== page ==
Kenyan referendum ‘may spark violence’

2010-07-16 07:31

Political observers seeking ways to avoid conflict over Kenya’s

upcoming constitutional referendum said they fear the country could see violence

if the proposed constitution is adopted.


Kenya votes on a new constitution on August 4. The draft contains

two controversial clauses – one that allows abortion in cases of

life-threatening pregnancies and a second one recognising Muslim courts used to

resolve family disputes.


But political scientist Duncan Okello – who participated in

yesterday’s government-called meeting of academics and conflict specialists –

said delaying the referendum could result in even more bloodshed than Kenya’s

last election.


Opponents of the new constitution have called for the postponement

of the referendum until a consensus is reached over the contested issues.


Okello said: “If an act of man prevents the referendum from taking

place then the violence will be 10 times what we saw in the post-election

violence.”


The observers said violence will most likely occur in western

Kenya, around the Rift Valley region, which has been a hotspot for political

violence for nearly two decades.


Some of that region’s residents oppose the adoption of the draft

constitution, the observers said.


The Rift Valley was the epicentre of Kenya’s 2008 post-election

violence that left more than 1 000 people dead and 600 000 displaced from their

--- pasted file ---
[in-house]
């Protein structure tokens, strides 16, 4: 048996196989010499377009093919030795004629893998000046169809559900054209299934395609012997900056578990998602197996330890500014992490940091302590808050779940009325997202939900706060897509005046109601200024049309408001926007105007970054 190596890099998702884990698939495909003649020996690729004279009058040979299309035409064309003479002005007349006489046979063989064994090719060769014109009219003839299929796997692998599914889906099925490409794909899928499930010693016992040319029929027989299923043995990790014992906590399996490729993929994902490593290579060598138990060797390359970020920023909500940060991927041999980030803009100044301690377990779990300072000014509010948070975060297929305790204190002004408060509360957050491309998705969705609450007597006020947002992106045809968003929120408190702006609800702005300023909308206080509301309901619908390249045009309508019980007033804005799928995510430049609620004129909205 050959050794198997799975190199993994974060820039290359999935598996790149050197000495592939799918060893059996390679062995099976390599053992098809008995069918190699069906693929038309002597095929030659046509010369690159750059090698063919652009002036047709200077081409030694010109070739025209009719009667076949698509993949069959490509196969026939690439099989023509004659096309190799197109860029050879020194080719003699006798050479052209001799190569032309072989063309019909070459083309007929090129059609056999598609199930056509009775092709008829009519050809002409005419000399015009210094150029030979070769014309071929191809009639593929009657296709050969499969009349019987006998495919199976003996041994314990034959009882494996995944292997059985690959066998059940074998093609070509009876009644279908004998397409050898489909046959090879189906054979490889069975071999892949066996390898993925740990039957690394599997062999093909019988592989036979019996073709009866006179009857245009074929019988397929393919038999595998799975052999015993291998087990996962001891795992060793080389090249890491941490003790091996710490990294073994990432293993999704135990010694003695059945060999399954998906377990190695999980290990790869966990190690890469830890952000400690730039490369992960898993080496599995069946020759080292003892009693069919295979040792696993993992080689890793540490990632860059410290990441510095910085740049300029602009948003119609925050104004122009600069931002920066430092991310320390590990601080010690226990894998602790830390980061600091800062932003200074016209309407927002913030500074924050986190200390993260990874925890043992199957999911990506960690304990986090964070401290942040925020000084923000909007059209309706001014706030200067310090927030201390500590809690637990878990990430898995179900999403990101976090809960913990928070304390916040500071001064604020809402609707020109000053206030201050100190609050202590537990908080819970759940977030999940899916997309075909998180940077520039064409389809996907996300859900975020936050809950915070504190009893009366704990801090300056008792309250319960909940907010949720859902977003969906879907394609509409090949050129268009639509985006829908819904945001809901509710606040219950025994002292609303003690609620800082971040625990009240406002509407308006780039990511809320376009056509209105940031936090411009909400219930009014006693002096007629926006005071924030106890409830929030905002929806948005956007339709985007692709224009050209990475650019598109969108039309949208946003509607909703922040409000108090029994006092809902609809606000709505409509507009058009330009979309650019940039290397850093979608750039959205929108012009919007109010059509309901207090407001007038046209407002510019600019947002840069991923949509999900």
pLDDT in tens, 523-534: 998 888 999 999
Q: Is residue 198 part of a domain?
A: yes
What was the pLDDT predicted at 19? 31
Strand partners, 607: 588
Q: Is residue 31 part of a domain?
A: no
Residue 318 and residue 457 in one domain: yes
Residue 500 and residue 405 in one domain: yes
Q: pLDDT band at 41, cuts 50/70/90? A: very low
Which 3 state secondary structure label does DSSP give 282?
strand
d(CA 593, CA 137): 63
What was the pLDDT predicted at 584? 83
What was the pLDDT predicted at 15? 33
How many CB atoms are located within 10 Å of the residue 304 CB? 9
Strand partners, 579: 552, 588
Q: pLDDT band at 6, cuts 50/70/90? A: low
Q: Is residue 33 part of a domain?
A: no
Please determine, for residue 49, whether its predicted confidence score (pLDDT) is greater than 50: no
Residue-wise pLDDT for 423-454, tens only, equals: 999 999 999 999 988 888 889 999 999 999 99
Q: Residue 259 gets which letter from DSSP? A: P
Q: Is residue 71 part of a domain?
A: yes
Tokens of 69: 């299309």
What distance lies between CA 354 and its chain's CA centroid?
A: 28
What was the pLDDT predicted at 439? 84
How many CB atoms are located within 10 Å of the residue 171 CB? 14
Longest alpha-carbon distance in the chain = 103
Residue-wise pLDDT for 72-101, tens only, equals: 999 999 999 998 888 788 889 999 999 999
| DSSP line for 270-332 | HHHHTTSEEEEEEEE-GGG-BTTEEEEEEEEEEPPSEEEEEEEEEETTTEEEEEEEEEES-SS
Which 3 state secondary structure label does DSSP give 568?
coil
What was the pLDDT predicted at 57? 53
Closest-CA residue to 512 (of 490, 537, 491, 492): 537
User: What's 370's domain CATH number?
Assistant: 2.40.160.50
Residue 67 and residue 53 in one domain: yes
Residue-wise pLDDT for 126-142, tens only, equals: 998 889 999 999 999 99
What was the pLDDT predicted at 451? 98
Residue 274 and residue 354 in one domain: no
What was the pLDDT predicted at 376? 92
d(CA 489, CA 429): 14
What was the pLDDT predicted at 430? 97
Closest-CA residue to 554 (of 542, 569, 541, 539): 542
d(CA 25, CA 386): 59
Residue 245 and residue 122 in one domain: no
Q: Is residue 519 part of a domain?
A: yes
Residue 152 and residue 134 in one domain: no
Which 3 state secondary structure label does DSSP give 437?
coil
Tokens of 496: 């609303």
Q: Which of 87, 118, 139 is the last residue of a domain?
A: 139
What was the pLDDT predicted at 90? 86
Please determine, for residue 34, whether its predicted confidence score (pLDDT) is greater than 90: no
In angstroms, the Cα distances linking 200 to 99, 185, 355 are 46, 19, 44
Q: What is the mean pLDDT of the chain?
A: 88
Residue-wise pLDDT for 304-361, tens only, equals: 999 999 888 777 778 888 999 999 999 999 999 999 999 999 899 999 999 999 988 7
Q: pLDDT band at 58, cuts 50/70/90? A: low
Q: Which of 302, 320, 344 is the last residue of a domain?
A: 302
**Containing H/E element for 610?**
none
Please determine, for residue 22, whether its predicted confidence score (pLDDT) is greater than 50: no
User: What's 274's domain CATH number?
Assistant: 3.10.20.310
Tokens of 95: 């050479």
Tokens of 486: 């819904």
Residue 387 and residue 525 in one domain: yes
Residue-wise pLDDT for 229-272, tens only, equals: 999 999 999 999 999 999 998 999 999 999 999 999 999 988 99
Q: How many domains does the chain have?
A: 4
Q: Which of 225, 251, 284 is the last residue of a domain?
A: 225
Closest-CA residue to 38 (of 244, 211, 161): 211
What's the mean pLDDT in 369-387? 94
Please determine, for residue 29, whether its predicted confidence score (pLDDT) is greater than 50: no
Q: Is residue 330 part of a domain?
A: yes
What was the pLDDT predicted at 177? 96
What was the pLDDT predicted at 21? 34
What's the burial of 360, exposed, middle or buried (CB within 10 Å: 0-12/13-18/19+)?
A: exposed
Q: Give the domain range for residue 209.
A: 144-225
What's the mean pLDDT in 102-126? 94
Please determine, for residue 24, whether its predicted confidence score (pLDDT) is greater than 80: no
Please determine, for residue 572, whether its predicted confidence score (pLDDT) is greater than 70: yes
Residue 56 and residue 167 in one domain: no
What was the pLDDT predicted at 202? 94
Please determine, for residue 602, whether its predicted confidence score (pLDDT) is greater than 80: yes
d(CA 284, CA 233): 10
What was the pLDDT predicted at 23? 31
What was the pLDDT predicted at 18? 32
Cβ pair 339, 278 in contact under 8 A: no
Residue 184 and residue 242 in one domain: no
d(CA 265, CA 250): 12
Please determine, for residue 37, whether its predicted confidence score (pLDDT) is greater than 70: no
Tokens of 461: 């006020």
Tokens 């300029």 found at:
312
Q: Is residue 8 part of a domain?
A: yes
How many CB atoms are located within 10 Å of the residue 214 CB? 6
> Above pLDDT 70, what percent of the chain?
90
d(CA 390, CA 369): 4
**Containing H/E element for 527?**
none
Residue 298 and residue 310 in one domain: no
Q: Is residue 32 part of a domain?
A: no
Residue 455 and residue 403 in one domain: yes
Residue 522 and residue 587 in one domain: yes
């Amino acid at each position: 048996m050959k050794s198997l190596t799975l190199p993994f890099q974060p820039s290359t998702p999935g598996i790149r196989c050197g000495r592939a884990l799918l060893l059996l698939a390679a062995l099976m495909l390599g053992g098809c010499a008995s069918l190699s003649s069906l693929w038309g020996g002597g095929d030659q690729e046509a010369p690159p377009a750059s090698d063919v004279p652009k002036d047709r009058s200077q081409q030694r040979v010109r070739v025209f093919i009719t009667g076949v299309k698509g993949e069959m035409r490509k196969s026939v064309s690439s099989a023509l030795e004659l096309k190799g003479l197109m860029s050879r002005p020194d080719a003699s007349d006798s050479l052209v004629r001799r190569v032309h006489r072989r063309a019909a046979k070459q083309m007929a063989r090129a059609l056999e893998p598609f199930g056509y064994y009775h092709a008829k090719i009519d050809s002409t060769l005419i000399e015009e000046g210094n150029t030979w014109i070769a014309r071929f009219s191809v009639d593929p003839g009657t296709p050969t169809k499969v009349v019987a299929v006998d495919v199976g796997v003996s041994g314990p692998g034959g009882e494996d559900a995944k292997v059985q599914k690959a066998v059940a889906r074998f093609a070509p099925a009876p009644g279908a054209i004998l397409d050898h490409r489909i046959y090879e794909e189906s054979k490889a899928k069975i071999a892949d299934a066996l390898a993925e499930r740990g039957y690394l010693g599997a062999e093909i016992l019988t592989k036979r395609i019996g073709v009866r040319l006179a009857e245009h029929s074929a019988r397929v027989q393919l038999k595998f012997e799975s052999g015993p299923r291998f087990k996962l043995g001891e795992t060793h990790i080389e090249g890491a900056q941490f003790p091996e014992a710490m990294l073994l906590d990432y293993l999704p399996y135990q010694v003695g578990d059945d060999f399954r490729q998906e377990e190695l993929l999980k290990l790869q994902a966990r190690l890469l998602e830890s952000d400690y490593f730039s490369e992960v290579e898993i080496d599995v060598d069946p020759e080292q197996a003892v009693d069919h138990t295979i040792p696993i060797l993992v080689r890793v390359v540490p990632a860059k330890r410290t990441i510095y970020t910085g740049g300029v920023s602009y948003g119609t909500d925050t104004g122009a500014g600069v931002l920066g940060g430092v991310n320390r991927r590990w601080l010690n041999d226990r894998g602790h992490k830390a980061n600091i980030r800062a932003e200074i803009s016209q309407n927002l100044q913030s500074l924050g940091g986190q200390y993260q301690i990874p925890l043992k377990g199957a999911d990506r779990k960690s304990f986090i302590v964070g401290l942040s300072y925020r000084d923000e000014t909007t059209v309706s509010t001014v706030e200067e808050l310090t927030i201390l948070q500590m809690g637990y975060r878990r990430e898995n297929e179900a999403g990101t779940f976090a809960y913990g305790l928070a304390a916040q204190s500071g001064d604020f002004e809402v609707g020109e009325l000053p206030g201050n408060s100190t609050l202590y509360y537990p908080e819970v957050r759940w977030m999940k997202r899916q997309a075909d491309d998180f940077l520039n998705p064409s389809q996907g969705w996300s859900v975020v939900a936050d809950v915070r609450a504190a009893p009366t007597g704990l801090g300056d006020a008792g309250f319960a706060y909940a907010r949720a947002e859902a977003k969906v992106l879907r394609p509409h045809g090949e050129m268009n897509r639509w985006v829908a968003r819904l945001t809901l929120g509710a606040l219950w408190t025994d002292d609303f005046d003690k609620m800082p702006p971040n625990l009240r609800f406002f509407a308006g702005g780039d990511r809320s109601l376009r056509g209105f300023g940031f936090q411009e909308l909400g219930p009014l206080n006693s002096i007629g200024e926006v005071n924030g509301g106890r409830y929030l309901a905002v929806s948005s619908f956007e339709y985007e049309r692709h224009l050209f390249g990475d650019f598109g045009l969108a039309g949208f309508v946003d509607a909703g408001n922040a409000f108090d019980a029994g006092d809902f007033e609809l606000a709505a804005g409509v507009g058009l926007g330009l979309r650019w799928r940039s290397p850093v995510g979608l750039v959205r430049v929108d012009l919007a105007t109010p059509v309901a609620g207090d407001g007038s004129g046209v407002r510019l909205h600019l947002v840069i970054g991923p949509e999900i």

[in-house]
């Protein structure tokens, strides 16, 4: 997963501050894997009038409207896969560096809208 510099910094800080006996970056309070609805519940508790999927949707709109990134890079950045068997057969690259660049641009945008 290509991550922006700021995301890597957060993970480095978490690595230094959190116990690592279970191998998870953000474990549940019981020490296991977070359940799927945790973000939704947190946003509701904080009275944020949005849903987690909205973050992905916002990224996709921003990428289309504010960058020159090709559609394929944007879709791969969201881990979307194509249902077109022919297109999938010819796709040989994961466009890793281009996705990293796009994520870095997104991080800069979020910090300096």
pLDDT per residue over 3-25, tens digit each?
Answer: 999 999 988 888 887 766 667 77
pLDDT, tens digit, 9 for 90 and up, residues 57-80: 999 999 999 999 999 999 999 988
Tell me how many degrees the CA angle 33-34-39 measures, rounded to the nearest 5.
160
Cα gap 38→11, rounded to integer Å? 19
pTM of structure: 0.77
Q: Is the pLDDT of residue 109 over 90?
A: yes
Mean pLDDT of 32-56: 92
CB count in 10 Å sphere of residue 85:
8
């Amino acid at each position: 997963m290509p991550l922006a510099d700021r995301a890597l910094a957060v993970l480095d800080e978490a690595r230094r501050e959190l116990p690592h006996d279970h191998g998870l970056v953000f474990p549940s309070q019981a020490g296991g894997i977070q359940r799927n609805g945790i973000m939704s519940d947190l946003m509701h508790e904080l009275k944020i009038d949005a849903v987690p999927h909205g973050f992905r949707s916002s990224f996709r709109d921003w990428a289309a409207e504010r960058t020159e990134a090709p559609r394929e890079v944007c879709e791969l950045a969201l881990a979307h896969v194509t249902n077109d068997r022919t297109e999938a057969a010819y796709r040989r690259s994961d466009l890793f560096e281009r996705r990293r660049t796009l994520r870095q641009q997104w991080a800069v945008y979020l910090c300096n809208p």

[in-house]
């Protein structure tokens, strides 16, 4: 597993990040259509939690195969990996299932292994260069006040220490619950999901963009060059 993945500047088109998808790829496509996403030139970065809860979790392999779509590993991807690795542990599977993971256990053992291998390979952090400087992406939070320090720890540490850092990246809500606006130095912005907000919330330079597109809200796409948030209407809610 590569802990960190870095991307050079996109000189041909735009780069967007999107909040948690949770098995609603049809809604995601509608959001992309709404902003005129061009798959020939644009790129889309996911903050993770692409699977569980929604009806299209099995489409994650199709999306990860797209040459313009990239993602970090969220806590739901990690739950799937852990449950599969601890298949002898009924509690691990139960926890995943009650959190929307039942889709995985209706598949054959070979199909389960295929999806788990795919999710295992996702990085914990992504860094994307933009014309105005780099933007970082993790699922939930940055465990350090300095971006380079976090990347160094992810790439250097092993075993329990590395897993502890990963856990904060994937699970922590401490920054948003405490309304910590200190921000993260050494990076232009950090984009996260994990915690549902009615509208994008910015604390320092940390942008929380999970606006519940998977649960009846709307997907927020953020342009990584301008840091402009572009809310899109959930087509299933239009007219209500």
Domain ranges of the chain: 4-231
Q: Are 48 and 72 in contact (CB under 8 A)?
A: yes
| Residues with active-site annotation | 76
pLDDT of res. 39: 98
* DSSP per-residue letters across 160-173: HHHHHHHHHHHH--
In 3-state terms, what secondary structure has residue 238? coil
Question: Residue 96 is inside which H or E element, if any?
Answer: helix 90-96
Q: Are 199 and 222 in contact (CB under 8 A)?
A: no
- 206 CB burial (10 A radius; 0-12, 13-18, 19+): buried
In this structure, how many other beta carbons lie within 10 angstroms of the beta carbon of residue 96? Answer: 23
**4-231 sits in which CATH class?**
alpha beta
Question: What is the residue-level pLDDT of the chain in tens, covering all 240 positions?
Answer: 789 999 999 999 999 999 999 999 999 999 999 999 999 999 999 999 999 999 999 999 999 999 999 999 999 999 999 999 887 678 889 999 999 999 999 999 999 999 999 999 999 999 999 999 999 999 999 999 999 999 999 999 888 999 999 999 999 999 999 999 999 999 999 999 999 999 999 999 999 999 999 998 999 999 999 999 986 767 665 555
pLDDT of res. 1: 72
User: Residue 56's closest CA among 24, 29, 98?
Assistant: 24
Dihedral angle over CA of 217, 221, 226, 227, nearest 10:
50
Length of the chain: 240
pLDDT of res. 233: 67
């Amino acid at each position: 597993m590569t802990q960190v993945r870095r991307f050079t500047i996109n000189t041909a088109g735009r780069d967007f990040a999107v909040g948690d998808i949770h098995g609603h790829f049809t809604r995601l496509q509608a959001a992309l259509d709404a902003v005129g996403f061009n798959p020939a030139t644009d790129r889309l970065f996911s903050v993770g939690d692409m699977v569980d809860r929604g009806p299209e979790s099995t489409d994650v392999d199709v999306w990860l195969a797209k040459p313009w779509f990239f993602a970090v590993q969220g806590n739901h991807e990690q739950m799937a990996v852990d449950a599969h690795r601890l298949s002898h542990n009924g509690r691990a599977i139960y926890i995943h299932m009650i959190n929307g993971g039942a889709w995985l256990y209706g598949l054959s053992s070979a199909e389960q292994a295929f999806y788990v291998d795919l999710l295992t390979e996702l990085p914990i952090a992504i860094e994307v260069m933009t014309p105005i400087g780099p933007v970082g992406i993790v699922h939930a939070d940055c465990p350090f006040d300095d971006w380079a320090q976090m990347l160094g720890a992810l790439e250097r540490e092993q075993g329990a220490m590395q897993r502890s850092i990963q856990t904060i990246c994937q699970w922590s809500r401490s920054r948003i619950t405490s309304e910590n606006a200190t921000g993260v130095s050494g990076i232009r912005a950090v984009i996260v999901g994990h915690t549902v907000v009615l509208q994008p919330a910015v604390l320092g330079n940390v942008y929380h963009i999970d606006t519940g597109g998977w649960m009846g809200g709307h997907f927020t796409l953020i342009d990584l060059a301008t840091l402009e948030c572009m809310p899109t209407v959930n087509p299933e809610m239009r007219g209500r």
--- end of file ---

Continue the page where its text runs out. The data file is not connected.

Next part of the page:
homes.


Okello said if the constitution is adopted, the biggest challenge

will be to find the good leadership to implement it.


He said: “Rules matter but the leadership matters more.”


Okello said his team’s research shows there will be no immediate

violence if the proposed constitution is rejected, but grievances by the Muslim

community who feel marginalised by the current constitution may lead them to

seek secession.


Okello said rejection of the constitution will kill the momentum of

other reforms.


Adoption of a new constitution was one of the reforms agreed on in

a deal to end the post-election violence.


Analysts partly blamed the violence on the enormous powers given to

the president by the current constitution.


These powers have been abused since Kenya’s 1963 independence from

Britain by successive presidents who have favoured tribesmen and friends in the

distribution of resources.

The new constitution introduces American-style checks

and balances on the presidency.

 

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